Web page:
LSE welcomes MPs' report on Brexit challenge for universities

International students bring enormous benefits to this country – culturally, economically – and crucially – with so-called soft power
Big Ben

Welcoming the report of the House of Commons Education Committee, ‘Exiting the EU: challenges and opportunities for higher education, Professor Julia Black, Interim Director of The London School of Economics and Political Science (LSE), said:

“This report is a timely and vital contribution to the debate on Brexit and UK universities.   As LSE highlighted in its evidence to the committee, the recommendation to remove international students from the total migrant count is an important one. International students bring enormous benefits to this country — culturally, economically and — crucially — so-called ‘soft power’. The vast majority of the UK public recognises and values this contribution and does not view international students as long-term migrants*.

“LSE fully supports the committee’s urgent call on the Government to guarantee the rights of non-UK EU staff, and to introduce an immigration system which facilitates movement in higher education. UK universities are the envy of the world; to retain and build upon this status, we need to be able to continue to recruit and support the most talented staff and students, irrespective of country of origin. By providing skilled graduates for the future workforce, British universities will continue to be a key driver for growth.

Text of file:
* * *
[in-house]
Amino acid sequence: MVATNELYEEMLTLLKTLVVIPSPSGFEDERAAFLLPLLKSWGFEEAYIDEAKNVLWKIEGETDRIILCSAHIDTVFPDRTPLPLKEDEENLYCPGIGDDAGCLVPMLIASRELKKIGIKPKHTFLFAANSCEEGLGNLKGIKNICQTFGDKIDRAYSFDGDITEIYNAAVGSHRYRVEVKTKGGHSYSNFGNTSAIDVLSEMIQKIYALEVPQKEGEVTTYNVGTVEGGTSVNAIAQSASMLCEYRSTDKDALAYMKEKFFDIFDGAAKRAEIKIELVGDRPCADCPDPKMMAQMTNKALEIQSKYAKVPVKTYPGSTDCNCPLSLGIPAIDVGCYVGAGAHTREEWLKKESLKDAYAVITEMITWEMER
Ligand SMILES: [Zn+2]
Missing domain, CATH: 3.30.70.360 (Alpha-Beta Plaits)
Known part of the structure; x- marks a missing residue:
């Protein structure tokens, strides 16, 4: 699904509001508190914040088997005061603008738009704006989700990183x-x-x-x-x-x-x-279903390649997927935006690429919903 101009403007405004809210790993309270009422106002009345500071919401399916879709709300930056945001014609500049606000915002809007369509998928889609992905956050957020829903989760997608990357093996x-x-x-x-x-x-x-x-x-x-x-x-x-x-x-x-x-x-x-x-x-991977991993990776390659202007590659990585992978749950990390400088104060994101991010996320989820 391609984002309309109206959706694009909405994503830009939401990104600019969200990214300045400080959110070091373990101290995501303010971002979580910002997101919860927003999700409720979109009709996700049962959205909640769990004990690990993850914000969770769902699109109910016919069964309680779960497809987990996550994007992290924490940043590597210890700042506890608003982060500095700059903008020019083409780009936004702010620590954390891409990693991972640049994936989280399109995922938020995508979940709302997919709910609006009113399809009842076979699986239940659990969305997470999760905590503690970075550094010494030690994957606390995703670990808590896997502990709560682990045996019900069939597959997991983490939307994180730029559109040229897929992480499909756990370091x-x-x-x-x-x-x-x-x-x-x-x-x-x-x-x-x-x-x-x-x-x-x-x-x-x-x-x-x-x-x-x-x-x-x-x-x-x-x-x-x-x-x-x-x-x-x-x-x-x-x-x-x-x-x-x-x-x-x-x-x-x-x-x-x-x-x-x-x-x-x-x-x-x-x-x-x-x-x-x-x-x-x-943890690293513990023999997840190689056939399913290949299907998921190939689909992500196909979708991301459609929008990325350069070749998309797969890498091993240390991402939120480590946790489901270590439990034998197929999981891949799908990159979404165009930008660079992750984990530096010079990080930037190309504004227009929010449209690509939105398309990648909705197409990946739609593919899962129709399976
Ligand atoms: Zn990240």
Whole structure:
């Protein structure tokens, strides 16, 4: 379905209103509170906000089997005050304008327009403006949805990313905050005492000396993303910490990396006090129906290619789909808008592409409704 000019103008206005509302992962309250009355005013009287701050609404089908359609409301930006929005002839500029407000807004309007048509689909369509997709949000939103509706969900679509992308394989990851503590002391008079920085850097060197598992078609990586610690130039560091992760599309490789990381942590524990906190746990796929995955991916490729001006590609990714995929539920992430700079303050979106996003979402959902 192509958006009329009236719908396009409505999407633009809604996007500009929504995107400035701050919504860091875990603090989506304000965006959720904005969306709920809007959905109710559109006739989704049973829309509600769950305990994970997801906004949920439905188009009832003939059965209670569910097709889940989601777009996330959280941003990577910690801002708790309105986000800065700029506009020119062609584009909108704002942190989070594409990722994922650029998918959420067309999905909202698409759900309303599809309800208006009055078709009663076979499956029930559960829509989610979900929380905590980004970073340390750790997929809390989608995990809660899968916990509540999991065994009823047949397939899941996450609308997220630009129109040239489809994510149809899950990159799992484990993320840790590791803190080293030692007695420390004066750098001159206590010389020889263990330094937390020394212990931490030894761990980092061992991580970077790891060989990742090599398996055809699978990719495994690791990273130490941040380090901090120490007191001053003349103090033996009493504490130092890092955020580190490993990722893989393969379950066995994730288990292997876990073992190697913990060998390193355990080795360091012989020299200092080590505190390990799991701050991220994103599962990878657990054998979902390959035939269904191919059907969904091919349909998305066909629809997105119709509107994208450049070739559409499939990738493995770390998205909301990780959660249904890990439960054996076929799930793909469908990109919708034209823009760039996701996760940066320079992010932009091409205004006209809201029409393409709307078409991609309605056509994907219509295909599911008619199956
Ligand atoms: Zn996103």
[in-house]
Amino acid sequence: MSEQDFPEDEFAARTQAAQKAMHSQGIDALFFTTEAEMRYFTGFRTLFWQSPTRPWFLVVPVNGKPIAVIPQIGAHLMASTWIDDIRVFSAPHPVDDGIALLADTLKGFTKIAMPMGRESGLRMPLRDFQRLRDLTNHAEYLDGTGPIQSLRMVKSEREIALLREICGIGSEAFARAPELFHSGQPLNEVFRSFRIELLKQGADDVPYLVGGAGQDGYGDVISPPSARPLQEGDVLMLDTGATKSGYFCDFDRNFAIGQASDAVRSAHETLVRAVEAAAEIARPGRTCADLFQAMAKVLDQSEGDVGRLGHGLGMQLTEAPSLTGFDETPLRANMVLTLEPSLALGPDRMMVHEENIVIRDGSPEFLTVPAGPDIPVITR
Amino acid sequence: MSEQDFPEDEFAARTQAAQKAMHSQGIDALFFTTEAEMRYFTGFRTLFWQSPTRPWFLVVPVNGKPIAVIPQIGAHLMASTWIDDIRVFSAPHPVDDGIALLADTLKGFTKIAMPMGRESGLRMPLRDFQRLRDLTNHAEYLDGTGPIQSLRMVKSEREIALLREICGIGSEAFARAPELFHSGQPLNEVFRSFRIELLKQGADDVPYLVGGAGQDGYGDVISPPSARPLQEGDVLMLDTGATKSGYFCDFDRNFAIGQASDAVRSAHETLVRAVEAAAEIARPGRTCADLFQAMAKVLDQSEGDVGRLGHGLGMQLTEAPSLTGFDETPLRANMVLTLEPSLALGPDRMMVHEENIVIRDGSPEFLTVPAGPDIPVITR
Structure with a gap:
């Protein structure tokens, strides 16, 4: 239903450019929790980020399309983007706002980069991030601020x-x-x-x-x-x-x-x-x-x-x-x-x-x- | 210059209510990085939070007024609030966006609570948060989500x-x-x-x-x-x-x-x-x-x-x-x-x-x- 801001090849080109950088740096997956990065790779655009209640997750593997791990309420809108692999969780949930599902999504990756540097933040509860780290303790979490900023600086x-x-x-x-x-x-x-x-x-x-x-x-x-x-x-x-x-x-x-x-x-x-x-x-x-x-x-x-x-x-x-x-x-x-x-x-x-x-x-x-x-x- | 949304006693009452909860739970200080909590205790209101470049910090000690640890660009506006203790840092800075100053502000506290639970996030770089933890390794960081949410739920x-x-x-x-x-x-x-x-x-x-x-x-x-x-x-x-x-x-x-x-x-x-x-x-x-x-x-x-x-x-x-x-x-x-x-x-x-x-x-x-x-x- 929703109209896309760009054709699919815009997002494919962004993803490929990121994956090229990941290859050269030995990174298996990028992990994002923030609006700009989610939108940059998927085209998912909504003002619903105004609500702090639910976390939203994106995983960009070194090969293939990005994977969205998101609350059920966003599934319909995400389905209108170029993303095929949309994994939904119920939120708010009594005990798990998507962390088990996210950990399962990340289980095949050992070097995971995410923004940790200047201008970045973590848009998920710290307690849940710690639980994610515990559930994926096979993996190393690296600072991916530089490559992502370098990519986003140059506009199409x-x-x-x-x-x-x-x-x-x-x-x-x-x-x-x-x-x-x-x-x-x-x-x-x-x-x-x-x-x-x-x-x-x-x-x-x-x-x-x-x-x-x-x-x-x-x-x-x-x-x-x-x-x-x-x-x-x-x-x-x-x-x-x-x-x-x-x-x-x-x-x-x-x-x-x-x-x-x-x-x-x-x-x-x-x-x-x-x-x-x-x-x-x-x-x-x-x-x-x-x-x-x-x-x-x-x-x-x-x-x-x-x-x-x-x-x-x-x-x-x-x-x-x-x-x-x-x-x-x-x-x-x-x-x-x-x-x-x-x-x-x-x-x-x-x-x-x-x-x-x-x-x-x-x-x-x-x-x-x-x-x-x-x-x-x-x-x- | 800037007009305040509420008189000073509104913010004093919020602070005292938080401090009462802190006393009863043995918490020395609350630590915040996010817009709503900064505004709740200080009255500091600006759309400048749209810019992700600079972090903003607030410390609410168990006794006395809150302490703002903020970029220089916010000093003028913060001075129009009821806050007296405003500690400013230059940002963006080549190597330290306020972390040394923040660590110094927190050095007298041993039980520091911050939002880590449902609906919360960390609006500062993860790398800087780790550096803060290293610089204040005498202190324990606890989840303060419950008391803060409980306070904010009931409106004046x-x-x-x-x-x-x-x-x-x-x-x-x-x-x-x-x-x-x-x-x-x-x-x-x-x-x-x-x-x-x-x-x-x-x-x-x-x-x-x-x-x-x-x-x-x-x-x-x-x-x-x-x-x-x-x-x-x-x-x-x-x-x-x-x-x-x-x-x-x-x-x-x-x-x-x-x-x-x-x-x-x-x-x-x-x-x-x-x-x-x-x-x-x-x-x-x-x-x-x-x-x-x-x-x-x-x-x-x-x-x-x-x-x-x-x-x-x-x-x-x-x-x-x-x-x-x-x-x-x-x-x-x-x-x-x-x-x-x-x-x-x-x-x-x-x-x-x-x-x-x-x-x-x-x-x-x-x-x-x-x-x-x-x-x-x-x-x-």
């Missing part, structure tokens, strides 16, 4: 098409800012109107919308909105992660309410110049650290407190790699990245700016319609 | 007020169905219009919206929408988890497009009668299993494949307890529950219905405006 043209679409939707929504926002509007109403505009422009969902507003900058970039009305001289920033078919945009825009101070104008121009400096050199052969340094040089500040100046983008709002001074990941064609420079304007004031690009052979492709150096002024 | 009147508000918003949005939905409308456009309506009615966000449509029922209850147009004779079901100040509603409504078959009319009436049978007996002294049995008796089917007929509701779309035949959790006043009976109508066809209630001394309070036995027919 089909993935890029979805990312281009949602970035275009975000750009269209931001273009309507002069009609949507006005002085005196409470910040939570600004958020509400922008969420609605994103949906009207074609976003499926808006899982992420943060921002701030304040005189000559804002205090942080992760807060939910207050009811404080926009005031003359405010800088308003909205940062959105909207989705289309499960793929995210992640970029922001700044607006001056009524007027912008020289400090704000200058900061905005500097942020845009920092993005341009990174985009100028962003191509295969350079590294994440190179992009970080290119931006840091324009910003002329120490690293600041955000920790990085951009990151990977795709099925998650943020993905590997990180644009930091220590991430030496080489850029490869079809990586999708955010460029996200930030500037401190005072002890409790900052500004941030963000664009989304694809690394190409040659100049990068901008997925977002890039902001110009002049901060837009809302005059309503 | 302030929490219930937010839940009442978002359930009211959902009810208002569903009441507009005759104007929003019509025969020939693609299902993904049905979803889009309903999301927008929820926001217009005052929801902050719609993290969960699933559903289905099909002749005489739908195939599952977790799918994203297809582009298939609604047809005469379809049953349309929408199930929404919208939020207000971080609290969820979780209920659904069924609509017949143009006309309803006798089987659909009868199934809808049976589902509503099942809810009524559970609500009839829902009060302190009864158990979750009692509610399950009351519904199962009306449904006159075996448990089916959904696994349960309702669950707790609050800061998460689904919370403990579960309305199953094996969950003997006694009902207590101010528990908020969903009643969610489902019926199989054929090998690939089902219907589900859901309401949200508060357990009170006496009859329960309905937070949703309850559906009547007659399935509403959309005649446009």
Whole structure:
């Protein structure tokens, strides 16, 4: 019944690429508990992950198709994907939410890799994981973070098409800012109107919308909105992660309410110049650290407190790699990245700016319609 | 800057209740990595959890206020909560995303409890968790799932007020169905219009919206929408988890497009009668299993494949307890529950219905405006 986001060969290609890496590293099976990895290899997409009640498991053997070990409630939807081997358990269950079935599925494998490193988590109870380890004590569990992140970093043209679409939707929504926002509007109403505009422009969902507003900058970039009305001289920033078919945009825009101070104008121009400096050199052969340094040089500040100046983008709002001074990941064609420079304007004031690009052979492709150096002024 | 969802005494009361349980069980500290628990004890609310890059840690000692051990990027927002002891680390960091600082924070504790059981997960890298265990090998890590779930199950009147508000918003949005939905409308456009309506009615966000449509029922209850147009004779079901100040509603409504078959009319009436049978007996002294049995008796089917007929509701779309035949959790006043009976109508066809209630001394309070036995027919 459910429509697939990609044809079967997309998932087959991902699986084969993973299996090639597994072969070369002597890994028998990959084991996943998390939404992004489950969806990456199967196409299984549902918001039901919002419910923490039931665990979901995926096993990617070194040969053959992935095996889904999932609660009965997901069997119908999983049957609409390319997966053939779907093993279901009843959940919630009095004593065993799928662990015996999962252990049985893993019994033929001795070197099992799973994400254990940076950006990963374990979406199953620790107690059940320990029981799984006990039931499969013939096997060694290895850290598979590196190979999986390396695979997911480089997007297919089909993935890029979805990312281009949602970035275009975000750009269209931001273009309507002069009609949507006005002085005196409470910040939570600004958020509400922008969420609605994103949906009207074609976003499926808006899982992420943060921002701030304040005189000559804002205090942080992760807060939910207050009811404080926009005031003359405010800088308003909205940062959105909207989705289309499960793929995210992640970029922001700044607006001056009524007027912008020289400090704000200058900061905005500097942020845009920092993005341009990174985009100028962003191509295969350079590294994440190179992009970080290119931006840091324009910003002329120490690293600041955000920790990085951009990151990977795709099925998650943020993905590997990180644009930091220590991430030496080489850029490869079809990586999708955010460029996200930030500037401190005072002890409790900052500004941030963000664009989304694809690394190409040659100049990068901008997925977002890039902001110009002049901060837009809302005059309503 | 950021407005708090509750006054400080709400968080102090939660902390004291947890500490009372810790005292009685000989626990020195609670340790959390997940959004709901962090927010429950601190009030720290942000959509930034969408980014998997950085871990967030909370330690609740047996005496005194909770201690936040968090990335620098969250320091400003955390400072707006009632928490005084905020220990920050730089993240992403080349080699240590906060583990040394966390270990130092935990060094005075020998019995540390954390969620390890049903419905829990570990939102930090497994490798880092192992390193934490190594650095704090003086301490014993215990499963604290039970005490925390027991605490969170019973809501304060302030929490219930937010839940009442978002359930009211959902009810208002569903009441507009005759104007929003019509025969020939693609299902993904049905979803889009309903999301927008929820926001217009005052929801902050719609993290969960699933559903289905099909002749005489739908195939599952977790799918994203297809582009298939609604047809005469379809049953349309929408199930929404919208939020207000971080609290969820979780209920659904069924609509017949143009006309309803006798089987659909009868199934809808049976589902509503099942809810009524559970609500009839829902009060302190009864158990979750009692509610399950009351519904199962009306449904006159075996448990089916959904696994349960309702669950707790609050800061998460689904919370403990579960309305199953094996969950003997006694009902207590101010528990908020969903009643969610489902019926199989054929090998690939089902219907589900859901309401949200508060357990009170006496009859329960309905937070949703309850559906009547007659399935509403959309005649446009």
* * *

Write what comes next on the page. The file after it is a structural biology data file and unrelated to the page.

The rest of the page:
“As the committee also suggests, it is advisable for the Government to make contingency plans, in case access to EU funding fails in the long term. As a world-leader in research, the UK benefits enormously from access to EU research funding and collaboration. In facing the research challenges of tomorrow, LSE’s collaborative social science research is helping tackle some of the world’s most pressing challenges - from climate change to economic exchange, and from global health to energy conservation."

Behind the article

The full report from the House of Commons Education Committee is available here: Exiting the EU: challenges and opportunities for higher education

*According to a 2016 poll conducted by ComRes for Universities UK only 24% of British adults think of international students as immigrants. Of those that expressed a view, 75% said they would like to see the same number, or more, international students in the UK. This figure rose to 87% of adults once information on the economic benefits of international students was provided.

The poll also revealed that 91% of the British public think international students should be able to stay and work in the UK for a period of time after they have completed their study.

See LSE’s evidence to the inquiry here [PDF]

View the oral evidence from Dr Anne Corbett, Senior Associate of LSE Enterprise